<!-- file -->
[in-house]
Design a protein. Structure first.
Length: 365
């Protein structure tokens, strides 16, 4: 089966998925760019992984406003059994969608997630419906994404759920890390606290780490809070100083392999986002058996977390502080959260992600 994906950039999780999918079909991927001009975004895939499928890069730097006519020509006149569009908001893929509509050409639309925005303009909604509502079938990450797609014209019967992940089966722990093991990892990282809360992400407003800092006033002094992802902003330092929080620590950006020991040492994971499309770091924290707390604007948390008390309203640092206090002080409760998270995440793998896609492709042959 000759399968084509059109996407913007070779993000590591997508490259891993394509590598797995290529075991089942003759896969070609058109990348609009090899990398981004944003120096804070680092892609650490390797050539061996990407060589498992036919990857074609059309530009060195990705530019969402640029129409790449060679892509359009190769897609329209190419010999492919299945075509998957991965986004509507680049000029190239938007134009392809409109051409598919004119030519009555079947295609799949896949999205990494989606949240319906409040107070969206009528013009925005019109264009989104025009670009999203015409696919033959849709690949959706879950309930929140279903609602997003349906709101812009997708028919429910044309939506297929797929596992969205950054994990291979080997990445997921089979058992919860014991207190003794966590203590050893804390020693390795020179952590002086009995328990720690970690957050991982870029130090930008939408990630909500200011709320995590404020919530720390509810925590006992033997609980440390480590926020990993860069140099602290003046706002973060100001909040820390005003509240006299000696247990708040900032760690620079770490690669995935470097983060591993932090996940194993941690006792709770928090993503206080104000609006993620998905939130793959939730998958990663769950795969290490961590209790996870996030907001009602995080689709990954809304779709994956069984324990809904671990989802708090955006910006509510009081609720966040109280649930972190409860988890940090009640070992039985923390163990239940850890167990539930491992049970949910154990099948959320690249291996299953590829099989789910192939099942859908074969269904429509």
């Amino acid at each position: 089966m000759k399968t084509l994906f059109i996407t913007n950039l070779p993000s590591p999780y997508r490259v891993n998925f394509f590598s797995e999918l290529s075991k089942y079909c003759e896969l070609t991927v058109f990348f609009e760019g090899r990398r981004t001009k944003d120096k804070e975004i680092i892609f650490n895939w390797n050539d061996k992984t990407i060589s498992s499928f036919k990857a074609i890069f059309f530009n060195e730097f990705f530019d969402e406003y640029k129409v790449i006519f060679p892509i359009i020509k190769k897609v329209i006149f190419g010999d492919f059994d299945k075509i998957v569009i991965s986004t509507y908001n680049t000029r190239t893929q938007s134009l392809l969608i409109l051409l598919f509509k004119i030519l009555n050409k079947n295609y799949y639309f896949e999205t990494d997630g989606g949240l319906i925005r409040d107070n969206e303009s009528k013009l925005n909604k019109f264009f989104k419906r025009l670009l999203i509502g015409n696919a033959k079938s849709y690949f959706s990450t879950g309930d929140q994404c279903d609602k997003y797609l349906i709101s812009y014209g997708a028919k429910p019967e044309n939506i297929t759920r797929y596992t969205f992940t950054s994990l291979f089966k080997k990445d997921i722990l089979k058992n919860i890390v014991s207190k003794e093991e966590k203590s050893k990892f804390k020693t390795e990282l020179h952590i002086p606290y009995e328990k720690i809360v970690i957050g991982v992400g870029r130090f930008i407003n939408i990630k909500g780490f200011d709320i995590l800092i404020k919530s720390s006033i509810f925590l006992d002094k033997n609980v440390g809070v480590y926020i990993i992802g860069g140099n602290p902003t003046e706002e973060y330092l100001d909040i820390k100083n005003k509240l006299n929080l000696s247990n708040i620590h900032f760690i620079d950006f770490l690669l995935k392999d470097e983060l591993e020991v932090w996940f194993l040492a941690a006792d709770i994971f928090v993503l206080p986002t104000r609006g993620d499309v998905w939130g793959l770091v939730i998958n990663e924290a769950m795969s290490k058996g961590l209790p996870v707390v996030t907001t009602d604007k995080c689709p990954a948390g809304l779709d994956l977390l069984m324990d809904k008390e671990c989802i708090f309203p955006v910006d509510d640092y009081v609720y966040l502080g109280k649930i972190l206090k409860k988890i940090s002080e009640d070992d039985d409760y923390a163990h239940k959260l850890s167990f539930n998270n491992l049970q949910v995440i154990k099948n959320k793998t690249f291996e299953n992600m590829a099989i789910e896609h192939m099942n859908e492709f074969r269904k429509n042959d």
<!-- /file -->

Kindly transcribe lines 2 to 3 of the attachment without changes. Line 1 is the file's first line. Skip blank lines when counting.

Design a protein. Structure first.
Length: 365